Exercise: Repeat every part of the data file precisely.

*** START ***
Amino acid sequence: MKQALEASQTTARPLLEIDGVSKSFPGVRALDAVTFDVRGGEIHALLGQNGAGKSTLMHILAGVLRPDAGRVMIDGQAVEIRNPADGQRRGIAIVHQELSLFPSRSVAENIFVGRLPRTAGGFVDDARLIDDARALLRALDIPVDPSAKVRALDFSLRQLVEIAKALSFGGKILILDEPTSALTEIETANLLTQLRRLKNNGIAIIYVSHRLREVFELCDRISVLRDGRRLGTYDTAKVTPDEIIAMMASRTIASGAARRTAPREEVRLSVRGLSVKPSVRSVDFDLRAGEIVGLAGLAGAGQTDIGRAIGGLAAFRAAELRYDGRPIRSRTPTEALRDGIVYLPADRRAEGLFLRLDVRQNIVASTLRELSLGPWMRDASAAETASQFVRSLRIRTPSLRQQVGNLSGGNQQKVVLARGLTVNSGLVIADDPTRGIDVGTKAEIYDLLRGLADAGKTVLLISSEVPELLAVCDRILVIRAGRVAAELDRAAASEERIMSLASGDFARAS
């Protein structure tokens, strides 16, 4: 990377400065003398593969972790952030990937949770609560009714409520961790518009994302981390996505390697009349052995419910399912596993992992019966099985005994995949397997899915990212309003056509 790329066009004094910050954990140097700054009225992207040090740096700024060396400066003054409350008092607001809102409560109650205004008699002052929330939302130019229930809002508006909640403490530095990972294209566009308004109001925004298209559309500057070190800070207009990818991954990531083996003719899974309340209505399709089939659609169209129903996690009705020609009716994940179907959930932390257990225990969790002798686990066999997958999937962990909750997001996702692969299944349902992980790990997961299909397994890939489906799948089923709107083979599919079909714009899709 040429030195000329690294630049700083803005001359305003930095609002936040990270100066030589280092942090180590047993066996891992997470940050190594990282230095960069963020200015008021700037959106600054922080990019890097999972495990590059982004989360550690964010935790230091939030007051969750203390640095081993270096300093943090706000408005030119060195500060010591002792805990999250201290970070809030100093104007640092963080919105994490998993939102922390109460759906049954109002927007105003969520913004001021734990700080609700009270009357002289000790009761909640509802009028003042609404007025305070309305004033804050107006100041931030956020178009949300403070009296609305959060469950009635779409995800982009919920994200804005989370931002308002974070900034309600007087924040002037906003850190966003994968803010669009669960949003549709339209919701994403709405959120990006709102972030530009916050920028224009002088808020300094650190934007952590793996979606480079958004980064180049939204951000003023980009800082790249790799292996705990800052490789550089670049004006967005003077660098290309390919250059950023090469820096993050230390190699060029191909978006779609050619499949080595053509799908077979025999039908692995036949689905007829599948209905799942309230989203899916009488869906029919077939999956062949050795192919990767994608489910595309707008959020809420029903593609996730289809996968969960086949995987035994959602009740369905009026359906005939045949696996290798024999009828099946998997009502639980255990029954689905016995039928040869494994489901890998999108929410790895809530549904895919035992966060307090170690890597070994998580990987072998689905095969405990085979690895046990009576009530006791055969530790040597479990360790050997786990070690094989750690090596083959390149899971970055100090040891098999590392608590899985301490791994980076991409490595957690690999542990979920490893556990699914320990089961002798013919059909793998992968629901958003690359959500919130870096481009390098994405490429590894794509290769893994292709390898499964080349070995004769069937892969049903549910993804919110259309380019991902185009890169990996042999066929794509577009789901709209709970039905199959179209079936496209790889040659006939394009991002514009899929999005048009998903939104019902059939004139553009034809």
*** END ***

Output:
Amino acid sequence: MKQALEASQTTARPLLEIDGVSKSFPGVRALDAVTFDVRGGEIHALLGQNGAGKSTLMHILAGVLRPDAGRVMIDGQAVEIRNPADGQRRGIAIVHQELSLFPSRSVAENIFVGRLPRTAGGFVDDARLIDDARALLRALDIPVDPSAKVRALDFSLRQLVEIAKALSFGGKILILDEPTSALTEIETANLLTQLRRLKNNGIAIIYVSHRLREVFELCDRISVLRDGRRLGTYDTAKVTPDEIIAMMASRTIASGAARRTAPREEVRLSVRGLSVKPSVRSVDFDLRAGEIVGLAGLAGAGQTDIGRAIGGLAAFRAAELRYDGRPIRSRTPTEALRDGIVYLPADRRAEGLFLRLDVRQNIVASTLRELSLGPWMRDASAAETASQFVRSLRIRTPSLRQQVGNLSGGNQQKVVLARGLTVNSGLVIADDPTRGIDVGTKAEIYDLLRGLADAGKTVLLISSEVPELLAVCDRILVIRAGRVAAELDRAAASEERIMSLASGDFARAS
């Protein structure tokens, strides 16, 4: 990377400065003398593969972790952030990937949770609560009714409520961790518009994302981390996505390697009349052995419910399912596993992992019966099985005994995949397997899915990212309003056509 790329066009004094910050954990140097700054009225992207040090740096700024060396400066003054409350008092607001809102409560109650205004008699002052929330939302130019229930809002508006909640403490530095990972294209566009308004109001925004298209559309500057070190800070207009990818991954990531083996003719899974309340209505399709089939659609169209129903996690009705020609009716994940179907959930932390257990225990969790002798686990066999997958999937962990909750997001996702692969299944349902992980790990997961299909397994890939489906799948089923709107083979599919079909714009899709 040429030195000329690294630049700083803005001359305003930095609002936040990270100066030589280092942090180590047993066996891992997470940050190594990282230095960069963020200015008021700037959106600054922080990019890097999972495990590059982004989360550690964010935790230091939030007051969750203390640095081993270096300093943090706000408005030119060195500060010591002792805990999250201290970070809030100093104007640092963080919105994490998993939102922390109460759906049954109002927007105003969520913004001021734990700080609700009270009357002289000790009761909640509802009028003042609404007025305070309305004033804050107006100041931030956020178009949300403070009296609305959060469950009635779409995800982009919920994200804005989370931002308002974070900034309600007087924040002037906003850190966003994968803010669009669960949003549709339209919701994403709405959120990006709102972030530009916050920028224009002088808020300094650190934007952590793996979606480079958004980064180049939204951000003023980009800082790249790799292996705990800052490789550089670049004006967005003077660098290309390919250059950023090469820096993050230390190699060029191909978006779609050619499949080595053509799908077979025999039908692995036949689905007829599948209905799942309230989203899916009488869906029919077939999956062949050795192919990767994608489910595309707008959020809420029903593609996730289809996968969960086949995987035994959602009740369905009026359906005939045949696996290798024999009828099946998997009502639980255990029954689905016995039928040869494994489901890998999108929410790895809530549904895919035992966060307090170690890597070994998580990987072998689905095969405990085979690895046990009576009530006791055969530790040597479990360790050997786990070690094989750690090596083959390149899971970055100090040891098999590392608590899985301490791994980076991409490595957690690999542990979920490893556990699914320990089961002798013919059909793998992968629901958003690359959500919130870096481009390098994405490429590894794509290769893994292709390898499964080349070995004769069937892969049903549910993804919110259309380019991902185009890169990996042999066929794509577009789901709209709970039905199959179209079936496209790889040659006939394009991002514009899929999005048009998903939104019902059939004139553009034809």